Definitions

from Wiktionary, Creative Commons Attribution/Share-Alike License

  • v. Present participle of count.
  • n. A count; the act by which something is counted.

from WordNet 3.0 Copyright 2006 by Princeton University. All rights reserved.

  • n. the act of counting; reciting numbers in ascending order

Etymologies

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Examples

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  • Essentially, instead of being either an ineffectual or an over-reactive parent, this book proposes a quick, non-chatty, consequences-based time-out/warning-method for children demonstrating unacceptable behavior. Definitely recommended for parents who either have difficulty with their children, or younger parents who want a straight-forward navigator for the inevitable.

    September 5, 2008

  • "Should you spank a child?

    It's about time that people face up to reality: ninety-nine percent of all spankings are parental temper tantrums. They are in no way attempts to train or educate a child. They are simply the angry outburst of a parent who has lost control, doesn’t know what to do and wants revenge by inflicting pain. Parents who have big problems with self-control and anger management try to justify and rationalize spanking by saying things like, "You have to set limits," "It's for their own good," and "Having to hit these kids hurts me more than it does them."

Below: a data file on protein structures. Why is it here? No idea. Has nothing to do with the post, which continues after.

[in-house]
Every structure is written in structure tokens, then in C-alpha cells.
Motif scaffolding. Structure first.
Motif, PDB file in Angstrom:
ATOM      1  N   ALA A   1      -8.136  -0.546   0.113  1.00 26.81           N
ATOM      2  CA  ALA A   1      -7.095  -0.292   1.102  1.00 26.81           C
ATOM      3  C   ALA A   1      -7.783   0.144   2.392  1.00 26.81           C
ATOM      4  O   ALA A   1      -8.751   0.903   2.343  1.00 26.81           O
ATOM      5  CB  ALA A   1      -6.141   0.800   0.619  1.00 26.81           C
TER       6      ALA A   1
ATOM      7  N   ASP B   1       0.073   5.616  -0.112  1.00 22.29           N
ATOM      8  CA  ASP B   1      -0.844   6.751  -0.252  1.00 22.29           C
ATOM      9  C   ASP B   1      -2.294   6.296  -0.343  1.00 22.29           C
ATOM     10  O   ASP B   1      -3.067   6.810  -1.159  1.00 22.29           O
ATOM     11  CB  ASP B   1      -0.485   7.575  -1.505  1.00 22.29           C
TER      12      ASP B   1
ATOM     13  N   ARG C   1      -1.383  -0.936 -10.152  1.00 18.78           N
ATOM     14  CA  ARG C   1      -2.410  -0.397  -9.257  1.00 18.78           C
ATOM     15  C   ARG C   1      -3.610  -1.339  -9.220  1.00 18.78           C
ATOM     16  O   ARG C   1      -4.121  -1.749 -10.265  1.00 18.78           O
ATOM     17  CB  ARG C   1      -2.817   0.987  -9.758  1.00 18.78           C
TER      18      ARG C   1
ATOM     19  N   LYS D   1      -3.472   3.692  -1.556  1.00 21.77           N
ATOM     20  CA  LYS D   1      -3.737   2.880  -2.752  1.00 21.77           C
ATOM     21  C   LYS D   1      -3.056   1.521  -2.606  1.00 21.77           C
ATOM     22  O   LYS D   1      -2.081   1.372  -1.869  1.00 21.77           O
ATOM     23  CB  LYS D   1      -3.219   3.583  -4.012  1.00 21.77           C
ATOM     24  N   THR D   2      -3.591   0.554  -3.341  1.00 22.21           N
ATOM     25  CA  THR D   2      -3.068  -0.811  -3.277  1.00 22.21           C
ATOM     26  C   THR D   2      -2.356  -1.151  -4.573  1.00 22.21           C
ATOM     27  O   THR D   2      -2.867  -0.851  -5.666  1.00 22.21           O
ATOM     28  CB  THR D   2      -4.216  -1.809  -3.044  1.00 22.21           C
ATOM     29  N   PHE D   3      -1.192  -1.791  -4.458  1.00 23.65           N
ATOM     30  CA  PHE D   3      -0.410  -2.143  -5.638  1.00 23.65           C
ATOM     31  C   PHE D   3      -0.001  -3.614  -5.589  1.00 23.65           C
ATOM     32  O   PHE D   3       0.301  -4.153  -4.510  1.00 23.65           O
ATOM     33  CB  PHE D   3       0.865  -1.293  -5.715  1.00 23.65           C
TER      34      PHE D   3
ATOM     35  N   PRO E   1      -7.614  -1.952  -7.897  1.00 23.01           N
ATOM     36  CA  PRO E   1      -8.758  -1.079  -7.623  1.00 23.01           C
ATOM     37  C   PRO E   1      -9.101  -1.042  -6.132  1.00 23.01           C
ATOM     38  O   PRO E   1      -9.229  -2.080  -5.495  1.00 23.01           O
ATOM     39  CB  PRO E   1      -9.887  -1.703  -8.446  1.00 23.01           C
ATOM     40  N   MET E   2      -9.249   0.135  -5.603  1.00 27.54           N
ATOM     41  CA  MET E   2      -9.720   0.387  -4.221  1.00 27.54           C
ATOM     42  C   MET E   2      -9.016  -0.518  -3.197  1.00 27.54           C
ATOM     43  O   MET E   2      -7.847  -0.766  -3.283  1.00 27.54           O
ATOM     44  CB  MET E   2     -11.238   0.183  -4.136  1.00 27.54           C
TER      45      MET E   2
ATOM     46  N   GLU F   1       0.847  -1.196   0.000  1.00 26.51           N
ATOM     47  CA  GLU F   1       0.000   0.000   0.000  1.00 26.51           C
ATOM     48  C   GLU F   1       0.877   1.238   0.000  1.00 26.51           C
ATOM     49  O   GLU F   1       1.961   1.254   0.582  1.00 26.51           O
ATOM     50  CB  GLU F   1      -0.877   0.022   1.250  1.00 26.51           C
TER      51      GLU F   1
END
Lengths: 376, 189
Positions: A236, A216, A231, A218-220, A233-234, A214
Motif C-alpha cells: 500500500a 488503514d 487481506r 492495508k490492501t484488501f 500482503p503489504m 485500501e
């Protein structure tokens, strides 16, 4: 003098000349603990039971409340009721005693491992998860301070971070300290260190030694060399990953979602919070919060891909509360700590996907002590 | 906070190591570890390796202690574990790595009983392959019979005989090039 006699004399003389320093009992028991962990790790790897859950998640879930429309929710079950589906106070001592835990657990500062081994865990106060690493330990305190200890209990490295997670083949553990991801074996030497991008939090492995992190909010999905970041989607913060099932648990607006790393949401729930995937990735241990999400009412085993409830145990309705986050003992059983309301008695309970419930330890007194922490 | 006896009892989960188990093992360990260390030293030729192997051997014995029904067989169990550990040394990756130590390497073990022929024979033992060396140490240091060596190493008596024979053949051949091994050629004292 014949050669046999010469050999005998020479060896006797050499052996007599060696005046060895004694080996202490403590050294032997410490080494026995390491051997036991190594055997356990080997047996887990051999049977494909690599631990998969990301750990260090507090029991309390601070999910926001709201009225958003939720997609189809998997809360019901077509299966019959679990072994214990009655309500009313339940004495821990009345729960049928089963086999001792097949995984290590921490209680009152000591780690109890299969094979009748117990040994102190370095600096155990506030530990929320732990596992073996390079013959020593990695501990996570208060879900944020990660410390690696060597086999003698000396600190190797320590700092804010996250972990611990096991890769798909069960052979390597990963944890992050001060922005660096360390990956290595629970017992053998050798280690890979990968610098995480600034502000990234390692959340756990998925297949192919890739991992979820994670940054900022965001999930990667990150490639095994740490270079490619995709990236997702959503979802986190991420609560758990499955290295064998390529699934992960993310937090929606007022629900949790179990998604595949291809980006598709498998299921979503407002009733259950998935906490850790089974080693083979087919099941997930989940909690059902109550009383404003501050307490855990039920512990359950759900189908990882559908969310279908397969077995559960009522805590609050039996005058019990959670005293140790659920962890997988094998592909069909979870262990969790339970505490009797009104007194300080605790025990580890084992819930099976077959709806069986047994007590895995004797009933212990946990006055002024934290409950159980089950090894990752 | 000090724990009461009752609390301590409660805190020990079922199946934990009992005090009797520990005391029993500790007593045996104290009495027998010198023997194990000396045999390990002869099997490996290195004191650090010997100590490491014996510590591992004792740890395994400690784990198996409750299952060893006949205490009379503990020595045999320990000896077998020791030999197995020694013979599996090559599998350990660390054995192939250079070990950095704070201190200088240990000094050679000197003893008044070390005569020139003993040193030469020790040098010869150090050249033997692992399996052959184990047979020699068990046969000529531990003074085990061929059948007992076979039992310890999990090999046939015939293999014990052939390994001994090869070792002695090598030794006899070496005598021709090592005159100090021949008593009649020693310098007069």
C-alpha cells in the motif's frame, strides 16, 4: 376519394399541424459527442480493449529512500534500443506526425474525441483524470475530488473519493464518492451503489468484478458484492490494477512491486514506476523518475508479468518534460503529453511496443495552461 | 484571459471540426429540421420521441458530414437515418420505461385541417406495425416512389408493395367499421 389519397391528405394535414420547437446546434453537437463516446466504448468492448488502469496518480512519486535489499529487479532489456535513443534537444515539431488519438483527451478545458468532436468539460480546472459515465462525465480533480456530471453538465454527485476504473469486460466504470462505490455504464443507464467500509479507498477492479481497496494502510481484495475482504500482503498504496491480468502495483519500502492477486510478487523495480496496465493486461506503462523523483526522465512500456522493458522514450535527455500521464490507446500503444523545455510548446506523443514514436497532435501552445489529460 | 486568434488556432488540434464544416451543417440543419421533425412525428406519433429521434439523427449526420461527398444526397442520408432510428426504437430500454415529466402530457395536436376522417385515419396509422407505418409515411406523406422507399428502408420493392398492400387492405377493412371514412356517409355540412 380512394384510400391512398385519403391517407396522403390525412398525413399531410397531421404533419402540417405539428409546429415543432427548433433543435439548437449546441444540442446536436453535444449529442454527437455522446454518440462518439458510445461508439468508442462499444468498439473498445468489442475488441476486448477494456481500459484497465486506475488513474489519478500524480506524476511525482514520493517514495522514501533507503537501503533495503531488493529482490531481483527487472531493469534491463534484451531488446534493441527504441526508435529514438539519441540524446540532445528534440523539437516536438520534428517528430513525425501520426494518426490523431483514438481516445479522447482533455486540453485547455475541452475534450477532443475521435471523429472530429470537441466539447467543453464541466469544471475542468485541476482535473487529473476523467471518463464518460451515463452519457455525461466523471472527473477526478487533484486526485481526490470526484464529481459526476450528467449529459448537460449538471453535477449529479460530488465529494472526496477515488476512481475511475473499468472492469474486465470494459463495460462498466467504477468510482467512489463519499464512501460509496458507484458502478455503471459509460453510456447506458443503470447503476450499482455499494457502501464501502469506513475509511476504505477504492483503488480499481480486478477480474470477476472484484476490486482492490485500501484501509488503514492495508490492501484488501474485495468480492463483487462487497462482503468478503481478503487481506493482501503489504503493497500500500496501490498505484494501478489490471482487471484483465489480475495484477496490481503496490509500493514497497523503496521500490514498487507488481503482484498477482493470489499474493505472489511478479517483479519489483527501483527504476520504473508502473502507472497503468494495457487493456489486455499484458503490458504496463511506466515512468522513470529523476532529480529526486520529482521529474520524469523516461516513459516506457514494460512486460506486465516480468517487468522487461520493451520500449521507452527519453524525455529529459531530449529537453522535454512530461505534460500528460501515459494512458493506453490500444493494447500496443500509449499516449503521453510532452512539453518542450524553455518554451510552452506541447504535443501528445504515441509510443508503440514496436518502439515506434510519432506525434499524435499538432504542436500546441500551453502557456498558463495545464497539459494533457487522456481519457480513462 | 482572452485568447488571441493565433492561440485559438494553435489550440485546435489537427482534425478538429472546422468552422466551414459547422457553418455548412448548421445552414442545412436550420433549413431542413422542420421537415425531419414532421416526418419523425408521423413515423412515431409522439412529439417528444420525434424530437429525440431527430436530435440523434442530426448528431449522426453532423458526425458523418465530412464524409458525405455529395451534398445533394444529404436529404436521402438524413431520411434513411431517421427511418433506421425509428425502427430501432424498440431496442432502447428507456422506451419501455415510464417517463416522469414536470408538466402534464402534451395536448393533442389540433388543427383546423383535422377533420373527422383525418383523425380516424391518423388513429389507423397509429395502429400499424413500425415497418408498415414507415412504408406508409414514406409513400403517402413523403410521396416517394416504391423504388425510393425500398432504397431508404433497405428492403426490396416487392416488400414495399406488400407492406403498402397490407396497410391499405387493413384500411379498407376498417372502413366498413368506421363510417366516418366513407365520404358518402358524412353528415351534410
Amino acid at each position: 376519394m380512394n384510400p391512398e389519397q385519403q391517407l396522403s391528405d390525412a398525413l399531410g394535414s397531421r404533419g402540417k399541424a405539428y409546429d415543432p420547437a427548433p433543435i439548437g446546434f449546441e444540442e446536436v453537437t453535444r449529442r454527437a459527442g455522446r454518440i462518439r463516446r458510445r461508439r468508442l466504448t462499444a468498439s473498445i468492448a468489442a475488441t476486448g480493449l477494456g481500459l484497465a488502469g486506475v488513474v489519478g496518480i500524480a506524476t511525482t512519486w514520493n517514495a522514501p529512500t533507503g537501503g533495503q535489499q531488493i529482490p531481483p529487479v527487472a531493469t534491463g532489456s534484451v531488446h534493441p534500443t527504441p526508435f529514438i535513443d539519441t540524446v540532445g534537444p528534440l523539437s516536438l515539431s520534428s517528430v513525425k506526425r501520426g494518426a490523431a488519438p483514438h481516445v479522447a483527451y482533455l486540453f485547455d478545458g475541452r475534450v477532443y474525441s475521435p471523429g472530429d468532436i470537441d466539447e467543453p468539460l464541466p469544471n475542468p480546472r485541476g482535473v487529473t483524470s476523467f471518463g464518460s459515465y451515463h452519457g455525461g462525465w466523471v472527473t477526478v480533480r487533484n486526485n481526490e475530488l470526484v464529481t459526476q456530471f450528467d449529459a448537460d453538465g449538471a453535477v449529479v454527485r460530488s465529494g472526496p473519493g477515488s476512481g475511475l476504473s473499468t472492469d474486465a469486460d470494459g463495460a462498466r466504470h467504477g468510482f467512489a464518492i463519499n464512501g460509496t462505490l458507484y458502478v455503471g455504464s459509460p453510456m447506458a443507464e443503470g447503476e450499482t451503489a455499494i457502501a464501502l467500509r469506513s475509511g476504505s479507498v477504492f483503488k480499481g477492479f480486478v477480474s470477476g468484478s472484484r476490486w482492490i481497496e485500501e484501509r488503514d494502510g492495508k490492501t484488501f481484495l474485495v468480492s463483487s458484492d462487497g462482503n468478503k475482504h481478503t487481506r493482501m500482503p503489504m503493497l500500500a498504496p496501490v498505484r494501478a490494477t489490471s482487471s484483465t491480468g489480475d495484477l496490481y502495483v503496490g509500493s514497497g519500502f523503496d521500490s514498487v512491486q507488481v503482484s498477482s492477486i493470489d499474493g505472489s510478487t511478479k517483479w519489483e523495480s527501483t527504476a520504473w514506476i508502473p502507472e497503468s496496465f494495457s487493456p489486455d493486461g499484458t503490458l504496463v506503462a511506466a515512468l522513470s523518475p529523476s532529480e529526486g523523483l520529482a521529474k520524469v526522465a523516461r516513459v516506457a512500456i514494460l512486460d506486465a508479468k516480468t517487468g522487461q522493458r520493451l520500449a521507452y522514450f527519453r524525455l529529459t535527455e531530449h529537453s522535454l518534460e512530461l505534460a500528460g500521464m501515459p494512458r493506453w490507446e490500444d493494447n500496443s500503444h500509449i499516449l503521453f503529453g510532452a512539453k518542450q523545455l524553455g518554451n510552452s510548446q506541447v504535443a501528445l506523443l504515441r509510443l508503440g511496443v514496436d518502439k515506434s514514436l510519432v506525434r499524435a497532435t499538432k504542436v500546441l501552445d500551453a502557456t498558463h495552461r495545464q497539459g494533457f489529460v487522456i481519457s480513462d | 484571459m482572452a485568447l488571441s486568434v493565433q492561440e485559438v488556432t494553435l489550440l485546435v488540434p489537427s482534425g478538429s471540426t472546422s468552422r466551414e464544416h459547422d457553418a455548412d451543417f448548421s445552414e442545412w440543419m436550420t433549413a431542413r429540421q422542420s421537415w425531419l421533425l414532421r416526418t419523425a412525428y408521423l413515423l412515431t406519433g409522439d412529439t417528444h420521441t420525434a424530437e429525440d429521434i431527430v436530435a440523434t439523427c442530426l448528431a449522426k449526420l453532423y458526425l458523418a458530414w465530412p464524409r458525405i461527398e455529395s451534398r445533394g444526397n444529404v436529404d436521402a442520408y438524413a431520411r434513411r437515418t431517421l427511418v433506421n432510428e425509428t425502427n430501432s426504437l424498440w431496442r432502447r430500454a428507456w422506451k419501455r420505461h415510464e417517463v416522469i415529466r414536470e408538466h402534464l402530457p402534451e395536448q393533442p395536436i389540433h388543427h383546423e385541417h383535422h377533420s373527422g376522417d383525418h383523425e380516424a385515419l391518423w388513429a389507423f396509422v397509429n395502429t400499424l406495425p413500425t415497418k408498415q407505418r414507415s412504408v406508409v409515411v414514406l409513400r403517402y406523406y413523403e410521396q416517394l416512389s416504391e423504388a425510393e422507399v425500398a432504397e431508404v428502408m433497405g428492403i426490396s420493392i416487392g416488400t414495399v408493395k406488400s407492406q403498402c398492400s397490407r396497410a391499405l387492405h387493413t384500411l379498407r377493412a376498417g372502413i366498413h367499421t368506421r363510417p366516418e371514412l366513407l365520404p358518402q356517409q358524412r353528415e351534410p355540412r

It's true that there are cultures and groups where spanking is more often perceived as a legitimate discipline technique. But research tells us that physical discipline like this tends to generate anxiety in children, lower their self-esteem and make the kids more likely to become aggressive themselves. Generally speaking, though, adults who spank do not care one bit about research. I have on occasion talked til I'm blue in the face with parents like these, and, sadly enough, changing their opinions and discipline habits is often a lost cause.

    The whole point of the 1-2-3 counting program is to avoid the Talk-Persuade-Argue-Yell-Hit routine."

    -- Thomas W. Phelan, 1-2-3 Magic: Effective Discipline for Children Ages 2-12

    September 5, 2008